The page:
Much of Edwin Kift’s formative years, and subsequent adult life, were shaped by his military contribution to Canada. As a teen he helped build the De Havilland Mosquito and the huge Lancaster bombers, the mainstay of Allied intervention during the war years. In May of 1944, at 18, he stood before a naval recruitment agent, eager to join the armed forces. “Before I left for training I came home one more time to say good bye to my father and my sister Marjory. My dad was just glad that I had joined the navy and not the army, as he had 30 years earlier.”
Ed is still comfortable with all the nautical terms he learned during his service in World War II. He peppers his recollections with terms like ‘bogie bearing green 9-0’ (incoming enemy airplanes, 90 degrees, 90 miles, starboard side), ‘ratings,’ and ‘grog.’ After the war, the Legion became a favourite haunt. His initiation of the Sea Cadets in Little Current just over a decade and his work with the Legion Bugle Band in Canada’s Centennial year, 1967, won him the Queen’s Jubilee medal. He has also been recognized for his work with the Manitoulin District Cenotaph.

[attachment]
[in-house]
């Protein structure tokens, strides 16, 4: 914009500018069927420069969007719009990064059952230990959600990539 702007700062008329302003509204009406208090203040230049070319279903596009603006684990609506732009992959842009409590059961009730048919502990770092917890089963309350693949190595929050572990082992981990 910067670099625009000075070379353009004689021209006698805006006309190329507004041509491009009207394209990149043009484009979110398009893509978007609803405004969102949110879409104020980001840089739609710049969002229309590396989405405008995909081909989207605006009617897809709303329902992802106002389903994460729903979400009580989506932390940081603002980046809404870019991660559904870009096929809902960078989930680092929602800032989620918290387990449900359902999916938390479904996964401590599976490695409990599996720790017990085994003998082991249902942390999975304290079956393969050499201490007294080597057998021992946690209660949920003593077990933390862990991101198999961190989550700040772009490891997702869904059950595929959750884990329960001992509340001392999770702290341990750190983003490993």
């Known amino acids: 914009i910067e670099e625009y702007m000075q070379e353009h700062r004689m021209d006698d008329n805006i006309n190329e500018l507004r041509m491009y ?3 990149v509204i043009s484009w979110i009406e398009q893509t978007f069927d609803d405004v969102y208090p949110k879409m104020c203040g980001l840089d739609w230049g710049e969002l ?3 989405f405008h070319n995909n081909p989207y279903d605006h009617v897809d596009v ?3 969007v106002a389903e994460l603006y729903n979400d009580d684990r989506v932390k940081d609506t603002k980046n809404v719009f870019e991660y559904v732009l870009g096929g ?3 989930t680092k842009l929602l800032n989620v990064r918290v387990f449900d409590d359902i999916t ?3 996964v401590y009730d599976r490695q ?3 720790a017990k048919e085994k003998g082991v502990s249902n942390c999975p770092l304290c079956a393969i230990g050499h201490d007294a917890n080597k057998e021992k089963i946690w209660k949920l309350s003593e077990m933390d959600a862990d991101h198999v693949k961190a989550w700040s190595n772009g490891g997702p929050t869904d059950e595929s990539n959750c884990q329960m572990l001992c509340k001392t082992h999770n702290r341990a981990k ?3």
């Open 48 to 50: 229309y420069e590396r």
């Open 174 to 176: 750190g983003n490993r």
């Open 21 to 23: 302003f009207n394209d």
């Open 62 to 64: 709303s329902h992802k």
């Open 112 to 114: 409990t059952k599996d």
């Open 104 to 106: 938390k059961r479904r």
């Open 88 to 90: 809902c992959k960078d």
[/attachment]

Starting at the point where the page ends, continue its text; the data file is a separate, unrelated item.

“Both my parents emigrated from England, looking for a better life in Canada. My dad, Arthur Joseph, was born in 1889, arriving here in 1910. My mother, Florence (nee Snelling), born 10 years later, came after the end of the First World War. She had met my dad as a teen back in Kent, England, and that familiarity likely enhanced their decision to marry,” Ed continues. “As a youngster, my father had spent a half-day in school and the remainder earning money for food. He worked hard in the brickyard and he made castings of heavy pulleys. By the time he joined the army in 1914, he was the most powerful man in his unit. The hard physical work had paid off. My father spent four years in the war, but returned, rather disillusioned about the horrors of conflict. He was given a medal for bravery from the Prince of Wales himself for trying to save a senior officer.”
Ed was born on the kitchen table, with the help of a mid-wife, in Weston, Toronto’s western reaches, on November 22, 1925. “The light was likely better in the kitchen,” he surmised. “I remember my mother as a great cook and seamstress. She could study a dress in a shop window and then duplicate it without a pattern.”